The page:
This review is part of a series I’m doing about different Advent/Christmas books and resources. Some are Advent activity books/packs to do with children, advent readings or Christmassy books. New signups for my Newsletter will have a chance of winning a wonderful Advent book by author Sarah Tummey, Christmas: God’s Promise Kept.
This is an Advent Story book to read with children.
Jotham’s Journey is a storybook where the storyline is divided over advent. Each day, you read a bit of the story, which often ends on a great cliffhanger. There is something to think about at the end of each chapter as well.
Jotham is a young boy, living at the time of the birth of Jesus. He gets separated from his family and is taken in by a band of travellers. Trying to get back to his family, he meets all kinds of characters, some helpful, some not so helpful…
Arnold Ytreeide, the author, has done a great job in spreading the story out over so many days. Jotham is a lovely character, a young boy, so he speaks to the children’s imagination. The story has him meet the shepherds, the wise men (!) and many others. Jotham’s Journey weaves in some historical and Biblical knowledge as well as how the culture was at the time.
Jotham’s Journey takes a reasonable time to read, but the story is gripping. Some of the chapters might be tricky for younger children, although some of my children don’t handle violence well either. There are some scary parts where my children didn’t think he was going to make it… Jotham’s adventure eventually leads him to the stable where Jesus is born, ending in a lovely way, bringing the story to a wonderful conclusion.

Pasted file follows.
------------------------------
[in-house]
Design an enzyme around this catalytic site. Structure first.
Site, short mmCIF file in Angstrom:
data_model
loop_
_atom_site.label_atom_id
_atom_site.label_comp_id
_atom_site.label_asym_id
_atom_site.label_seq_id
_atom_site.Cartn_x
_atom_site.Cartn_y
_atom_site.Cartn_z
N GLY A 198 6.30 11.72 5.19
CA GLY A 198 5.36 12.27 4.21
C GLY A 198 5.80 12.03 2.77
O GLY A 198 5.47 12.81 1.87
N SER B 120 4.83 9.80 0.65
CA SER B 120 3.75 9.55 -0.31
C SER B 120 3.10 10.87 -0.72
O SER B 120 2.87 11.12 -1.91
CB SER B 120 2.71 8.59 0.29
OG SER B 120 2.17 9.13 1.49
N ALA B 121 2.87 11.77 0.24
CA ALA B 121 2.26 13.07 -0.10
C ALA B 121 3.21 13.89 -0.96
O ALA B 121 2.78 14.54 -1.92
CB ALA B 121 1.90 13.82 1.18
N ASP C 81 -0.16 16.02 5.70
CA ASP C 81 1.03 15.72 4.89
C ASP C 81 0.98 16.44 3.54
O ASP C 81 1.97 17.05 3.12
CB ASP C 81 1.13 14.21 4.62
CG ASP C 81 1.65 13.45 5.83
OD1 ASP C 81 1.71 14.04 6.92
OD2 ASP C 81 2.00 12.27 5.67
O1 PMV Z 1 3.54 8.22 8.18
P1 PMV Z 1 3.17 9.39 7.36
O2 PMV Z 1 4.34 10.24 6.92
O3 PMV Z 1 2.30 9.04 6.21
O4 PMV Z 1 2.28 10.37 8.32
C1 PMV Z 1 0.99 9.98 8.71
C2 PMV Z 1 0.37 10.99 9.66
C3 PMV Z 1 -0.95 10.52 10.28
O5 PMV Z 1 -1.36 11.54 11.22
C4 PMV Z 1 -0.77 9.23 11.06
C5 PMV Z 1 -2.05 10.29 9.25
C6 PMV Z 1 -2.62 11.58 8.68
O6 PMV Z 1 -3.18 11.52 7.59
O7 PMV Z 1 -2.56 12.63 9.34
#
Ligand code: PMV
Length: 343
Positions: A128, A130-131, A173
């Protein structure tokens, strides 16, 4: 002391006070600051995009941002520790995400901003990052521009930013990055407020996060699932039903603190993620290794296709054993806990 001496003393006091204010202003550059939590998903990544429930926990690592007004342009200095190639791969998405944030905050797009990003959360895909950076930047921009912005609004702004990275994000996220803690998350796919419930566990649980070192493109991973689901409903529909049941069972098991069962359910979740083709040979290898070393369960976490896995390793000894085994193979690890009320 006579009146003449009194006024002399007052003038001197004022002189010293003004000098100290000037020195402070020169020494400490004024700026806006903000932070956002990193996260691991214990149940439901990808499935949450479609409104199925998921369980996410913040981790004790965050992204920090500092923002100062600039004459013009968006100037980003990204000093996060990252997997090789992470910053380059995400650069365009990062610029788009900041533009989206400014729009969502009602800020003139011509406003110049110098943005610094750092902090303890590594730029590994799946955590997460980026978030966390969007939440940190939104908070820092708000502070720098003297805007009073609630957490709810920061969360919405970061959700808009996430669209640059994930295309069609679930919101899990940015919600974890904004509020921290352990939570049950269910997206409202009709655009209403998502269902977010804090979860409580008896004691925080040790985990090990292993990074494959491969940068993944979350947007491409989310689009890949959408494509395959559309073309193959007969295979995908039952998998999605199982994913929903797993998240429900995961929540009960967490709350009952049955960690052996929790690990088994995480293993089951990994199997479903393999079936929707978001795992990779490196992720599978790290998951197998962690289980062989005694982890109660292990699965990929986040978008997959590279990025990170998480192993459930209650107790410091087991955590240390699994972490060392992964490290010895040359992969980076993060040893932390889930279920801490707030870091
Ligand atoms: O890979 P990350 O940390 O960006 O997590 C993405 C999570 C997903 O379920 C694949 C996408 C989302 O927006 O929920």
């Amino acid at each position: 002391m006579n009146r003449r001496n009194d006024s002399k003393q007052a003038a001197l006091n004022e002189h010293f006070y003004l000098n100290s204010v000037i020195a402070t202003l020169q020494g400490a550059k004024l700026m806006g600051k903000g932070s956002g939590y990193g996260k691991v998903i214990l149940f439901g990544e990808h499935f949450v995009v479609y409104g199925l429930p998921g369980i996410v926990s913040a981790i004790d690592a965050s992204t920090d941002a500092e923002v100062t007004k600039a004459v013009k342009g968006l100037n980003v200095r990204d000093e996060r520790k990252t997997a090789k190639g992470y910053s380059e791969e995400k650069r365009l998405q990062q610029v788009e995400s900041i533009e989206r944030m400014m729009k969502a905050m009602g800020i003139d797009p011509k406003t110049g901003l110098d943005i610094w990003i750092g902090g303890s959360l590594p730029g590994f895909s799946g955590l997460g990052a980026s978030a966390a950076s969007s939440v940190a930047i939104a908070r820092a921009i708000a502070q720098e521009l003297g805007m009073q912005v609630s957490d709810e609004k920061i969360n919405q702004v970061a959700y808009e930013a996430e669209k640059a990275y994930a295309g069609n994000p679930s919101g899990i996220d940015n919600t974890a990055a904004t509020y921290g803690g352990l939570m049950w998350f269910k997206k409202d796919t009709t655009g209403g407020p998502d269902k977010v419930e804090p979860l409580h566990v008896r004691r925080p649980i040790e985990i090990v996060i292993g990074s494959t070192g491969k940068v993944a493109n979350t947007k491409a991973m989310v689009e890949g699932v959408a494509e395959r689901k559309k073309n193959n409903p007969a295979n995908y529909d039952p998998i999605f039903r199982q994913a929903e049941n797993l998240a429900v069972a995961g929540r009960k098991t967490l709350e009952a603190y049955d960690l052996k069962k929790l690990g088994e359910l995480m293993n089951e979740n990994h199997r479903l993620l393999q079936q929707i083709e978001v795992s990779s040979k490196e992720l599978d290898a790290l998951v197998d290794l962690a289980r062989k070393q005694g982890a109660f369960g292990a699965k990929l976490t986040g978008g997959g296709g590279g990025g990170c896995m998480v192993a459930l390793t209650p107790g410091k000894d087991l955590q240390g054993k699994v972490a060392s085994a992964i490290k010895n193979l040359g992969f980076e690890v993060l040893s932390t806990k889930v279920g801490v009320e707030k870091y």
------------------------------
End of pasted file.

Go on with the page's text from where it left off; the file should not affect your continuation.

Arnold Ytreeide has brought together lots of life lessons as well, and it’s great to learn alongside Jotham about trusting God, being wise and patient… The story can get a little contrived, but that’s to be expected as it needs to make it across 24 days. My children didn’t seem to have a problem with that at all. Even when we read Jotham’s Journey for the second or the third year, they’re still begging to read the story!
There are more books in the series. Jotham’s Journey can be bought in bookshops and online. It’s not cheap, but I found with my children, they’re happy to read it again! I suppose the following year, you could have it out for them, and they could read it for themselves as a chapter book.
Jotham’s Journey doesn’t involve G&G (Glitter and Glue) so it makes for an easier activity. The first year we struggled, as my children didn’t do the sitting-down-and-listen-to-a-story thing. That has improved, making Jotham’s Journey more fun to read together. There is no preparation, although if you’re worried about the scarier parts, you might want to have a quick peek ahead… I loved the tension throughout the book, and reading a little part each day (although occasionally, we had to read in catch-up mode, which was fine too!).
I’m simply reviewing this book as part of my Advent Series. These views are my personal views.